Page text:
• EXEGESIS viii. Nishapuri School of Quranic Exegesis

    Walid A. Saleh

    A school of Quranic exegesis was established by three scholars from Nishapur in the 11th century which transformed the genre of tafsir and Quranic sciences and came to be known as the Nishapuri School.

  • EXILARCH

    Isaiah M. Gafni

    (Hebrew resh galuta), the leading authority in the Jewish community in Babylonia.

  • EXILE

    Cross-Reference

    See DEPORTATIONS; DIASPORA.

  • EXTRATERRITORIALITY

    Cross-Reference

    See JUDICIAL AND LEGAL SYSTEMS.

  • EXTREMIST SHIʿITES

    Cross-Reference

    See ḠOLĀT.

  • EY IRĀN

    Morteza Hoseyni Dehkordi and Parvin Loloi

    (O Iran, O bejeweled land), the title of an ardently patriotic hymn of praise to the land of Iran.

  • EYES and EARS of KING

    Cross-Reference

    See COURTS AND COURTIERS.

  • EYVĀN

    Cross-Reference

    See AYVĀN.

  • EŻĀFA

    John R. Perry and Ali Ashraf Sadeghi

    (annexation, suppletion), a grammatical term embracing several types of Persian noun phrase in which the constituents are connected by the enclitic -e/-ye (kasra-ye eżāfa “the eżāfa particle”).

  • EZGĪL

    Cross-Reference

    or AZGĪL. See MEDLAR.

  • EZĪRĀN

    Sheila S. Blair

    a village 32 km southeast of Isfahan on the south bank of the river Zāyandarūd. 

  • EZNIK OF KOŁB

    James R. Russell

    or KOŁBACʿI (b. ca. 374-80), Armenian Christian theologian and cleric; his work contains a refutation of the Zoroastrian religion. 

  • ʿEZRĀ

    Cross-Reference

    See BIBLE.

  • ʿEZRĀ, BOOK OF

    J.C. Reeves

    canonical biblical book emanating from the early portion of the Second Temple period (515 B.C.E.-70 C.E.) of Jewish history. 

  • ʿEZRĀ-NĀMA

    Amnon Netzer

    paraphrased versification of the Book of ʿEzrā containing midrashic and Iranian legends. 

  • ʿEZRĀʾĪL

    Cross-Reference

    lit. "Angel of Death." See Supplement (ANGELS).

  • ʿEZZ-AL-DAWLA, ʿABD-al-RAŠĪD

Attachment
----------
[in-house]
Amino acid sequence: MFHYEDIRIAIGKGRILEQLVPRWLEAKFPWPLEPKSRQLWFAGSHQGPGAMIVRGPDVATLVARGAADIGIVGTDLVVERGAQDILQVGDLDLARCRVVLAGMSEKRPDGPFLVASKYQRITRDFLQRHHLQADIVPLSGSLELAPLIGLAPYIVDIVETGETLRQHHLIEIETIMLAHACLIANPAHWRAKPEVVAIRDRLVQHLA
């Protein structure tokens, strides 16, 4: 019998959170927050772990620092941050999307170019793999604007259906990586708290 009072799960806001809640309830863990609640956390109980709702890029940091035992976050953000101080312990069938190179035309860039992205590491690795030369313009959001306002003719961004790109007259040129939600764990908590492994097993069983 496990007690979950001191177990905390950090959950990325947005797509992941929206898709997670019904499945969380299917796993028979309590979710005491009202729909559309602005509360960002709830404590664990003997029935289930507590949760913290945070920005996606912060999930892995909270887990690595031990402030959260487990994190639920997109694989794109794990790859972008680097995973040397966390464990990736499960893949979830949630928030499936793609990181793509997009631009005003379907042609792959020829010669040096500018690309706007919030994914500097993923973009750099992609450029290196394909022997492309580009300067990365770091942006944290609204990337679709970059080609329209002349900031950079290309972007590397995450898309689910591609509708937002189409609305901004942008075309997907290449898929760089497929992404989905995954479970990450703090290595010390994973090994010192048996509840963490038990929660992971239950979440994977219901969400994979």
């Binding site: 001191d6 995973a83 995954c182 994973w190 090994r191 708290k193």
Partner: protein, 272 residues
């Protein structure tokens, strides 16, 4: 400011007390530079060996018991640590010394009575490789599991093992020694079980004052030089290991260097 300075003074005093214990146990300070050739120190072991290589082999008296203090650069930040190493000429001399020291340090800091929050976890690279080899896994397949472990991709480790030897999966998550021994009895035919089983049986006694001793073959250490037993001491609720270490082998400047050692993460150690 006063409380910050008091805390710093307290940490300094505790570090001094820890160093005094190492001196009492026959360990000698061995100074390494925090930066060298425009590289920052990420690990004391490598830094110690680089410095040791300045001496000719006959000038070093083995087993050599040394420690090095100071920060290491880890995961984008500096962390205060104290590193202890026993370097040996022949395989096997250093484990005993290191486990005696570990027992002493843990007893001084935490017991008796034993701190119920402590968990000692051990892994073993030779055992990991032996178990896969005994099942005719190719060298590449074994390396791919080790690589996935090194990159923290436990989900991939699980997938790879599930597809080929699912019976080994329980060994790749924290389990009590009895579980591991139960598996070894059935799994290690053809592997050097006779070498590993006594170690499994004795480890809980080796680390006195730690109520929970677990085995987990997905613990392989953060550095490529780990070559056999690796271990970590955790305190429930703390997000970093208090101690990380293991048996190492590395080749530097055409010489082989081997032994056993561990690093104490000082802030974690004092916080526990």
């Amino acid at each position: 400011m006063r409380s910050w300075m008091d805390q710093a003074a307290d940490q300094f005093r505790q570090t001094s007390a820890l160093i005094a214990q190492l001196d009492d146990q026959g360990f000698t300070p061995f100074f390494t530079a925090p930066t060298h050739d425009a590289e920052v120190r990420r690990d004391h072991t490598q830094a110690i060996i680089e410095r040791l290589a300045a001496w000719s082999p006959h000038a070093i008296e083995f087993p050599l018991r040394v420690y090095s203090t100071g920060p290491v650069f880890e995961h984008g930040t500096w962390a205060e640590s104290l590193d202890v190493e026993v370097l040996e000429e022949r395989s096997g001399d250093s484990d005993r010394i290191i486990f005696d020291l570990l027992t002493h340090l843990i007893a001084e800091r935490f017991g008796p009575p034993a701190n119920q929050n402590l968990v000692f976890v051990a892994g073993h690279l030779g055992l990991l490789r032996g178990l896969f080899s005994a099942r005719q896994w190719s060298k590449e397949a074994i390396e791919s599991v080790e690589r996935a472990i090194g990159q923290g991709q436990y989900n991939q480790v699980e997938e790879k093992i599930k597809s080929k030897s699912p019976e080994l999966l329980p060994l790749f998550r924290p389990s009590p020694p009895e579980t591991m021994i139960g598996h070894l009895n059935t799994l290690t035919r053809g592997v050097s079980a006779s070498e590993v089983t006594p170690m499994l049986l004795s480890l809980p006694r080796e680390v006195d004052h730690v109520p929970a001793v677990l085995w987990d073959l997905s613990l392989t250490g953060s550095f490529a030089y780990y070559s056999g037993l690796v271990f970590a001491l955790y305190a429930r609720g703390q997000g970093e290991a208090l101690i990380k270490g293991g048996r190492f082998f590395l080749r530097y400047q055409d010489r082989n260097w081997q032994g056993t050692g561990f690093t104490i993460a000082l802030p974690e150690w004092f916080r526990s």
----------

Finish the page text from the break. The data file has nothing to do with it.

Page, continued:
C. E. Bosworth

    See ʿABD-AL-RAŠĪD, ABŪ MANṢŪR.

  • ʿEZZ-AL-DAWLA, ʿABD-AL-ṢAMAD MĪRZĀ

    Kambiz Eslami

    In 1872, ʿEzz-al-Dawla became the chieftain of the Qajar tribe, a prestigious albeit ceremonial position that he held for a year. It was in this capacity that he was selected to join Nāṣer-al-Dīn Shah’s entourage on his first tour of Europe in 1873. ʿEzz-al-Dawla was an educated man with a knowledge of French and English and was also an avid reader and book collector.

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  • ʿEZZ-AL-DĪN KĀŠĀNĪ, MAḤMŪD

    Māšā-Allāh Ajūdānī

    b. ʿAlī Naṭanzī (d. 1334-35), an author and Sufi of the early 14th century.

  • ʿEZZAT PĀŠĀ, MOḤAMMAD

    Tahsın Yazici

    (1843-1914), author of a Persian-Turkish dictionary and translator of Persian literary works.

  • ʿEZZAT-AL-DAWLA, MALEKAZĀDA ḴĀNOM

    Kambiz Eslami

    (1834/35-1905), the only full sister of Nāṣer-al-Dīn Shah. The first (1849-52) of her five marriages was as second wife of Mīrzā Taqī Khan Amīr Kabīr. One of her two daughters by him married the crown prince Moẓaffar-al-Din Mirza and bore a son, the future Moḥammad-ʿAlī Shah (r. 1907-09). 

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  • E~ CAPTIONS OF ILLUSTRATIONS

    Cross-Reference

    list of all the figure and plate images in the letter E entries.